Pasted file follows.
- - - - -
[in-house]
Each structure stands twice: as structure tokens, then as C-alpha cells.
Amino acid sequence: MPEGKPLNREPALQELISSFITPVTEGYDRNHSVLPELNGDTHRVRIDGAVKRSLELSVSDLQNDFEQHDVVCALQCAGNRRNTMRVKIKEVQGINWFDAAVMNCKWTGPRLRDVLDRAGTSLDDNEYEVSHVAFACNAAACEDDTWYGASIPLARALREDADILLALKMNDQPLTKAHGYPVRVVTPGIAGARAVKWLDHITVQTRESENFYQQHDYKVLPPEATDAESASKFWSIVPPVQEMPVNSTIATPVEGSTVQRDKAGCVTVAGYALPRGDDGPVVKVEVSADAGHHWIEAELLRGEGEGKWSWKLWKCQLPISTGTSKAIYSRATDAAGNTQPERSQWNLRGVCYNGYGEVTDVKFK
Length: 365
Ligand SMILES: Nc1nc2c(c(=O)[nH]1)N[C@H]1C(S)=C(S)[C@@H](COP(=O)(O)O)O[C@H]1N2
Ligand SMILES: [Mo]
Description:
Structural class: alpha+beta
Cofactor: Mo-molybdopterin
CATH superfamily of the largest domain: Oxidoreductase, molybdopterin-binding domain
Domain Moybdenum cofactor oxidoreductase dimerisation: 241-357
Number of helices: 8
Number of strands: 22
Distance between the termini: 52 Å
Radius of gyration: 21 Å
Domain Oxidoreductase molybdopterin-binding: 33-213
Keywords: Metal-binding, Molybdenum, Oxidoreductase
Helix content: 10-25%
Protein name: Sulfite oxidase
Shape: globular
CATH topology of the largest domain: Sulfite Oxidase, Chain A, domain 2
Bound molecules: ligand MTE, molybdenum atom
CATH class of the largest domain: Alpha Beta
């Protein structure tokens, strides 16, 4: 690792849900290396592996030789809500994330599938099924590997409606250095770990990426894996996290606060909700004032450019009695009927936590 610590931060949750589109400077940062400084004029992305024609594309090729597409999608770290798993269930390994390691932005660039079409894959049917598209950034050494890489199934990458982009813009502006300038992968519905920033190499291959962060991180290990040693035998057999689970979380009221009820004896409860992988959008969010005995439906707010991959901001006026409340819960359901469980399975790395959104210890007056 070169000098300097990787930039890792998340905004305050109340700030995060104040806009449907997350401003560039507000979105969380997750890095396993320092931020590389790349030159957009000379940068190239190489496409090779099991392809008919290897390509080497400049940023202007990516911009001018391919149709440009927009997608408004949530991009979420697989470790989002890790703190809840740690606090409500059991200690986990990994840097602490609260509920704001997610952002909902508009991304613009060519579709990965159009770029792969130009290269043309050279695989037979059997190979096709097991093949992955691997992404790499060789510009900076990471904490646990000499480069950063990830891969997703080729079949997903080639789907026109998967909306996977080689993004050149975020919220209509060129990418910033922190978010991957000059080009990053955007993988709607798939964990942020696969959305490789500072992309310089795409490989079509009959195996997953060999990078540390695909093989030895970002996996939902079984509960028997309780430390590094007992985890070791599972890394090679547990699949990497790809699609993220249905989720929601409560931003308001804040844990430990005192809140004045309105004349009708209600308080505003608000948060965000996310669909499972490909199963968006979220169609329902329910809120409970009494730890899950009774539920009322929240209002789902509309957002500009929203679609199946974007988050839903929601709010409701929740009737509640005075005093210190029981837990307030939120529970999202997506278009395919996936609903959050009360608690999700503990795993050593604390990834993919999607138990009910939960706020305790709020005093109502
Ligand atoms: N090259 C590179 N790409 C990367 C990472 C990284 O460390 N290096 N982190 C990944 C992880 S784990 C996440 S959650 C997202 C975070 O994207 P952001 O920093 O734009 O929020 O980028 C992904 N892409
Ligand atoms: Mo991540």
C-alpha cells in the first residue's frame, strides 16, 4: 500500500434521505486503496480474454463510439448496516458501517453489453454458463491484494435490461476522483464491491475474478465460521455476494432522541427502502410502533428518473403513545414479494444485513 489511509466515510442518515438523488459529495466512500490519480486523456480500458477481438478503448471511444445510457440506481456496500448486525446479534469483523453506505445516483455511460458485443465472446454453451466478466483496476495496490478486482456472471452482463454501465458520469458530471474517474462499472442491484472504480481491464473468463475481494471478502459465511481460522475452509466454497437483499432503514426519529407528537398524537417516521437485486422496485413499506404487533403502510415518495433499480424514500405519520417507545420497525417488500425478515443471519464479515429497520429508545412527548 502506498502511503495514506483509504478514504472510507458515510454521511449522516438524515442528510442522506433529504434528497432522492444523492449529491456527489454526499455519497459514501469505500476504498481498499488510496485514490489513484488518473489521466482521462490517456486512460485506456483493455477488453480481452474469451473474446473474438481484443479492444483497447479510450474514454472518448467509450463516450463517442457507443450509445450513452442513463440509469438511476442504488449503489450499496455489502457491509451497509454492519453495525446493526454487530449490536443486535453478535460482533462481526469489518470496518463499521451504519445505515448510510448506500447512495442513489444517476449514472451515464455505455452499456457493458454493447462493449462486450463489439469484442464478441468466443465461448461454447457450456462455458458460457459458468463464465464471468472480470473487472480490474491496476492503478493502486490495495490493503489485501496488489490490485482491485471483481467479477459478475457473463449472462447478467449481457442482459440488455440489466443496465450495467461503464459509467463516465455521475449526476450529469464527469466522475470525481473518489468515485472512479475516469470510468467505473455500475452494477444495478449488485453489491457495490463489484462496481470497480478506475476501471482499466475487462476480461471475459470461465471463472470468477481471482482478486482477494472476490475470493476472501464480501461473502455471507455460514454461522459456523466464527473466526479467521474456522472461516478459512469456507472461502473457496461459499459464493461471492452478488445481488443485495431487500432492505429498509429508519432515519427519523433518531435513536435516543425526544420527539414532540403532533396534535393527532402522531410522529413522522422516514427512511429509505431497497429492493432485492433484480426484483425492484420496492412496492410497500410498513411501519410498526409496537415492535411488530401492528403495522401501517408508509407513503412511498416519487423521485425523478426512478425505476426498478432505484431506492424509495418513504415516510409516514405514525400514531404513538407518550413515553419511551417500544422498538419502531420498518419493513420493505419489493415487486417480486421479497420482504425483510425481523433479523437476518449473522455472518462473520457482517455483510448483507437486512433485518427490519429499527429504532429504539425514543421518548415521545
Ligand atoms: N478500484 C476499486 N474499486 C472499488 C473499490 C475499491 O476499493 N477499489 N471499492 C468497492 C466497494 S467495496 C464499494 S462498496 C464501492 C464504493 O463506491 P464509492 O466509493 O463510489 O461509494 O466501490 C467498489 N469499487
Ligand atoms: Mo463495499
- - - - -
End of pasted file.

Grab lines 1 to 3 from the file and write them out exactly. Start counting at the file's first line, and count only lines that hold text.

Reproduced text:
[in-house]
Each structure stands twice: as structure tokens, then as C-alpha cells.
Amino acid sequence: MPEGKPLNREPALQELISSFITPVTEGYDRNHSVLPELNGDTHRVRIDGAVKRSLELSVSDLQNDFEQHDVVCALQCAGNRRNTMRVKIKEVQGINWFDAAVMNCKWTGPRLRDVLDRAGTSLDDNEYEVSHVAFACNAAACEDDTWYGASIPLARALREDADILLALKMNDQPLTKAHGYPVRVVTPGIAGARAVKWLDHITVQTRESENFYQQHDYKVLPPEATDAESASKFWSIVPPVQEMPVNSTIATPVEGSTVQRDKAGCVTVAGYALPRGDDGPVVKVEVSADAGHHWIEAELLRGEGEGKWSWKLWKCQLPISTGTSKAIYSRATDAAGNTQPERSQWNLRGVCYNGYGEVTDVKFK